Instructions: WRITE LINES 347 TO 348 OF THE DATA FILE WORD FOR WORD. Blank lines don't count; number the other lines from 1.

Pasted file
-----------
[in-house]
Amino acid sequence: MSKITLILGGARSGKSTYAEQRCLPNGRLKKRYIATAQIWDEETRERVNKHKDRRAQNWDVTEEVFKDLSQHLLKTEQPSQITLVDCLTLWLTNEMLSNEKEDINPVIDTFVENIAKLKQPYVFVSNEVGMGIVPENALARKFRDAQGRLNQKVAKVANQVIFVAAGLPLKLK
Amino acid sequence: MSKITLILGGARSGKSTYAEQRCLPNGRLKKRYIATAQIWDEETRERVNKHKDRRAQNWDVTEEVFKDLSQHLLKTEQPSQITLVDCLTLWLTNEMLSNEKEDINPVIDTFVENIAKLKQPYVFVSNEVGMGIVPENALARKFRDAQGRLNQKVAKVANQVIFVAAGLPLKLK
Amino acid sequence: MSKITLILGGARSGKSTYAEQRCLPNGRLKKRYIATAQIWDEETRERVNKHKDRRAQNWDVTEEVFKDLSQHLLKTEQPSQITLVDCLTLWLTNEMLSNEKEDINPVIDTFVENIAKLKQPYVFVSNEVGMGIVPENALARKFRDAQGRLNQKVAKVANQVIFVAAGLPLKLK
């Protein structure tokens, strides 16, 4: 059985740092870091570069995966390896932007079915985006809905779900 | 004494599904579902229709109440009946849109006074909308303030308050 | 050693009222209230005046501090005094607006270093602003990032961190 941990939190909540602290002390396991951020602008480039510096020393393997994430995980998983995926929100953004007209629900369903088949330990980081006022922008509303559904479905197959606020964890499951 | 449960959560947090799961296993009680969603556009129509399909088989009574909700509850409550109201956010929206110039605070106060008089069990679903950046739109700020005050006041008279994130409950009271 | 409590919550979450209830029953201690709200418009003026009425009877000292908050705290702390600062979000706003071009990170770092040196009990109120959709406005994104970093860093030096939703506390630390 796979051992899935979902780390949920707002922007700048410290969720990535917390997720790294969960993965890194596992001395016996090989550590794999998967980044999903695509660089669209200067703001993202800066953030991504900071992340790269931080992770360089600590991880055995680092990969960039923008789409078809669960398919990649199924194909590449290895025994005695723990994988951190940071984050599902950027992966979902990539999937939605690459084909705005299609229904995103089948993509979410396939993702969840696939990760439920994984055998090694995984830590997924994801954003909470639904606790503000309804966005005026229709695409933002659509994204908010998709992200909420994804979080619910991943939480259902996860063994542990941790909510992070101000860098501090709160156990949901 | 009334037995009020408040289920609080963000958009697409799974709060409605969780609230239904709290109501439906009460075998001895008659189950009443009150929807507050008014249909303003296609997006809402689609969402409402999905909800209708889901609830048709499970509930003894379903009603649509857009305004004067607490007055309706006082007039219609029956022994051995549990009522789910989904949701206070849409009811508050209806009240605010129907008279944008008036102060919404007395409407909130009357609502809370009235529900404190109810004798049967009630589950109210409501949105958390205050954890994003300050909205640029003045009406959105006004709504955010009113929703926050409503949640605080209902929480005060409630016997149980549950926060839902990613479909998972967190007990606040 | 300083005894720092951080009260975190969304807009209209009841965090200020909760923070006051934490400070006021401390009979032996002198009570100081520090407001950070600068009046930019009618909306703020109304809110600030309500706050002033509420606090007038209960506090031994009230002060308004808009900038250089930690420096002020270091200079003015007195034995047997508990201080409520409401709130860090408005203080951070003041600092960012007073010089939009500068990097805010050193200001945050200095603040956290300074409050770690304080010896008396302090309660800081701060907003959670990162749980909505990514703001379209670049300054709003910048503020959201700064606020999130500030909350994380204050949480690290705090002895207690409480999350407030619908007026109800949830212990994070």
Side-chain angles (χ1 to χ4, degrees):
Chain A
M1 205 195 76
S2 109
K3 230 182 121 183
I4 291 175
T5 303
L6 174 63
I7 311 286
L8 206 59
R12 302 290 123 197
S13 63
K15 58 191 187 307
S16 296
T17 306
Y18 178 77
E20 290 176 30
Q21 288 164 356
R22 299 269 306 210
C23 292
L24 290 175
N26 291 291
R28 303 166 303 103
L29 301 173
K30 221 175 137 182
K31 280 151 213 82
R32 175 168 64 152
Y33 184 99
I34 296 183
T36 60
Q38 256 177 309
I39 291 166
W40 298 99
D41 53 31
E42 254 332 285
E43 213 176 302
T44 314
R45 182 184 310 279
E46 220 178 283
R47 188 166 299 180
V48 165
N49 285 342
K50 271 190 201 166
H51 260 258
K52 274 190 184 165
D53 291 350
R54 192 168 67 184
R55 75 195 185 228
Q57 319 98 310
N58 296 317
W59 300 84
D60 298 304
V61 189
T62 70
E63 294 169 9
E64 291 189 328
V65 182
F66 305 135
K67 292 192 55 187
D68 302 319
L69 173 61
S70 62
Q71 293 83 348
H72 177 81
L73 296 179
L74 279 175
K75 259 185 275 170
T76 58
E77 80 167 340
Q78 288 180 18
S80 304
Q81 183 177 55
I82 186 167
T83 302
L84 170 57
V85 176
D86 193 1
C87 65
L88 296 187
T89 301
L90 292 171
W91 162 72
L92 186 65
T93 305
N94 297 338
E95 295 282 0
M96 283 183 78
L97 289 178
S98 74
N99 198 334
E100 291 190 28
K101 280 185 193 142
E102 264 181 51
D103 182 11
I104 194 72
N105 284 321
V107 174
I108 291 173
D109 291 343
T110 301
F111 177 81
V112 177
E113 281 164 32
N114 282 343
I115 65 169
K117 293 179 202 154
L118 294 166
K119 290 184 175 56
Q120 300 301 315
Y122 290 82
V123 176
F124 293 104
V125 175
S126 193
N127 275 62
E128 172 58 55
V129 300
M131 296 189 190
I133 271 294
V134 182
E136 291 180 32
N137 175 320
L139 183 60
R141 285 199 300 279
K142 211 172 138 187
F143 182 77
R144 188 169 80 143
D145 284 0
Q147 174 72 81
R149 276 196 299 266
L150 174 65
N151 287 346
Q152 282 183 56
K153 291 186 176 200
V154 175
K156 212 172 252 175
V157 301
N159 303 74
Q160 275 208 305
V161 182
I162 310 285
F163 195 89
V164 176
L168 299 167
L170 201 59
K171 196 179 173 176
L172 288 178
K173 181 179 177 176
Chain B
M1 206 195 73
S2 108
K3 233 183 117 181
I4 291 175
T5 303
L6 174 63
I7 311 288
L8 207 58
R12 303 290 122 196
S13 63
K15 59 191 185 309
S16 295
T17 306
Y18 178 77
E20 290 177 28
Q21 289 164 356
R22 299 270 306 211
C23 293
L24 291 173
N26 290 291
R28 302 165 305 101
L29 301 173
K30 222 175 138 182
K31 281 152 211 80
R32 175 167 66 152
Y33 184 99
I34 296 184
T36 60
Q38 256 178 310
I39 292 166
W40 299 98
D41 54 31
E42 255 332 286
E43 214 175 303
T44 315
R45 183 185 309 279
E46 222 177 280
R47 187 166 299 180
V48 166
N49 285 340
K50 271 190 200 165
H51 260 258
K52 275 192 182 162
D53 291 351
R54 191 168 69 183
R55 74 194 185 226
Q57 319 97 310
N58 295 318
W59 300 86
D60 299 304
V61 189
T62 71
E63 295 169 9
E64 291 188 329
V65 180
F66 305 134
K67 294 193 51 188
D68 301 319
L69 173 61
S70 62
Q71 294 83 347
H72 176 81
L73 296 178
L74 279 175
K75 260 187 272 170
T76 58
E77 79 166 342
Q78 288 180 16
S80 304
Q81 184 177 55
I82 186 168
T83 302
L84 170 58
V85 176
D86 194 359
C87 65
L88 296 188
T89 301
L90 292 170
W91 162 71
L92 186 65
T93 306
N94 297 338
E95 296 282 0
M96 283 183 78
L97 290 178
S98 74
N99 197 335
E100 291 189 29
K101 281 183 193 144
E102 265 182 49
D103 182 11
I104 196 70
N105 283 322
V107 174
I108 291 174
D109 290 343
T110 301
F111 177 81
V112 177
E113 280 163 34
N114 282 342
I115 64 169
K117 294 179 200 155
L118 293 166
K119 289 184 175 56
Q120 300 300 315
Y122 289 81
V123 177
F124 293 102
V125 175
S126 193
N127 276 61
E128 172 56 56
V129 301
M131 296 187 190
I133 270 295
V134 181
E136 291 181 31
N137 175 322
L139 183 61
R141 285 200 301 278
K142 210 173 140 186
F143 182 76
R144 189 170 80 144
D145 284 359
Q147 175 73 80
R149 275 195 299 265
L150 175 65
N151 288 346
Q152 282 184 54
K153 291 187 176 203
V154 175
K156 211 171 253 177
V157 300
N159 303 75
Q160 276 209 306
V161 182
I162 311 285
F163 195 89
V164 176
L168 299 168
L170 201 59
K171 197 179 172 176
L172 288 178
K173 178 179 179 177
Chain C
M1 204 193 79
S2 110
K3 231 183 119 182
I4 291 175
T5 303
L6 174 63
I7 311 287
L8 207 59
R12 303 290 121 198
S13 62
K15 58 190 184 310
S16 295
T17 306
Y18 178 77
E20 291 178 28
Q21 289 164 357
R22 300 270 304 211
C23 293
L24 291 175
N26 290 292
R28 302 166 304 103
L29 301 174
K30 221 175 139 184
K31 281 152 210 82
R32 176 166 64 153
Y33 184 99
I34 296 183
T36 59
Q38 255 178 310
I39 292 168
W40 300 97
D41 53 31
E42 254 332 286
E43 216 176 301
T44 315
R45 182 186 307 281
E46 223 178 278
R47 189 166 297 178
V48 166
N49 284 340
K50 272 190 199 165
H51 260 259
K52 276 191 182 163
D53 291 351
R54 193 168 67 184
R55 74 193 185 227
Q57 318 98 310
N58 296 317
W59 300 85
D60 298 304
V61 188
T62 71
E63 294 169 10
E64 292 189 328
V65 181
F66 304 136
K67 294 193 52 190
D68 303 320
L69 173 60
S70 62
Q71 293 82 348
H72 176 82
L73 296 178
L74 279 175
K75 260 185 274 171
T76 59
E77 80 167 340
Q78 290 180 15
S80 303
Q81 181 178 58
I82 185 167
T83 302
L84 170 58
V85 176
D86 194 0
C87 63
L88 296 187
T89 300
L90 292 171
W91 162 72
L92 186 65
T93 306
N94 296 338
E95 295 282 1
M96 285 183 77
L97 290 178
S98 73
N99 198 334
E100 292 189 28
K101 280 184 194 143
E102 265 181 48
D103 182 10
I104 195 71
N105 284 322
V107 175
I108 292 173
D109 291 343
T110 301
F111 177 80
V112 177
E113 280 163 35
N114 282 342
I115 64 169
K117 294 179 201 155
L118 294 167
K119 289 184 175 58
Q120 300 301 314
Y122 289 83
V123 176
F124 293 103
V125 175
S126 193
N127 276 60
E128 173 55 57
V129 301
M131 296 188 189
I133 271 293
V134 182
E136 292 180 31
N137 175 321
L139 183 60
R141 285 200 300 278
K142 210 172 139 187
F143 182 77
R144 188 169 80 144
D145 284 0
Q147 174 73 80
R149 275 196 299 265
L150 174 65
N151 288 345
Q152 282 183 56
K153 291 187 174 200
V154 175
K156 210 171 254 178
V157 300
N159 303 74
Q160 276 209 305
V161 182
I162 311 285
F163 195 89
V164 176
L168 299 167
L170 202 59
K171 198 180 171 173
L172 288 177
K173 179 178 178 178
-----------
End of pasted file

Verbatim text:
R55 74 193 185 227
Q57 318 98 310